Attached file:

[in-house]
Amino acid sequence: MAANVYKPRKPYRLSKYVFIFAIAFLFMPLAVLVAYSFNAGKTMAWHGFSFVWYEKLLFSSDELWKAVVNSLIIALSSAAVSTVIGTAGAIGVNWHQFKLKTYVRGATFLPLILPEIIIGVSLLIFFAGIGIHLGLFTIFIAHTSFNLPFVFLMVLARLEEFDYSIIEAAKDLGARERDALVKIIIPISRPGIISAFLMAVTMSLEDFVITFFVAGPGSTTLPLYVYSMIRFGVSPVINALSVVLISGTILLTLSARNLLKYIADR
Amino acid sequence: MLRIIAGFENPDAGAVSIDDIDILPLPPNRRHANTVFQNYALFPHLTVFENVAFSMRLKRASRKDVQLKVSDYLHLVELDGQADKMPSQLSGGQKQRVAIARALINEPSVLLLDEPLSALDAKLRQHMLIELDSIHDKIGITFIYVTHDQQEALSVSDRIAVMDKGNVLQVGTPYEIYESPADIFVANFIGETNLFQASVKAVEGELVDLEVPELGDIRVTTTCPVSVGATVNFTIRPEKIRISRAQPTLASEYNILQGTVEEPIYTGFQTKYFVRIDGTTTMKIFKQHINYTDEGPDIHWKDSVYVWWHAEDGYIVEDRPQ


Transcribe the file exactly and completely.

[in-house]
Amino acid sequence: MAANVYKPRKPYRLSKYVFIFAIAFLFMPLAVLVAYSFNAGKTMAWHGFSFVWYEKLLFSSDELWKAVVNSLIIALSSAAVSTVIGTAGAIGVNWHQFKLKTYVRGATFLPLILPEIIIGVSLLIFFAGIGIHLGLFTIFIAHTSFNLPFVFLMVLARLEEFDYSIIEAAKDLGARERDALVKIIIPISRPGIISAFLMAVTMSLEDFVITFFVAGPGSTTLPLYVYSMIRFGVSPVINALSVVLISGTILLTLSARNLLKYIADR
Amino acid sequence: MLRIIAGFENPDAGAVSIDDIDILPLPPNRRHANTVFQNYALFPHLTVFENVAFSMRLKRASRKDVQLKVSDYLHLVELDGQADKMPSQLSGGQKQRVAIARALINEPSVLLLDEPLSALDAKLRQHMLIELDSIHDKIGITFIYVTHDQQEALSVSDRIAVMDKGNVLQVGTPYEIYESPADIFVANFIGETNLFQASVKAVEGELVDLEVPELGDIRVTTTCPVSVGATVNFTIRPEKIRISRAQPTLASEYNILQGTVEEPIYTGFQTKYFVRIDGTTTMKIFKQHINYTDEGPDIHWKDSVYVWWHAEDGYIVEDRPQ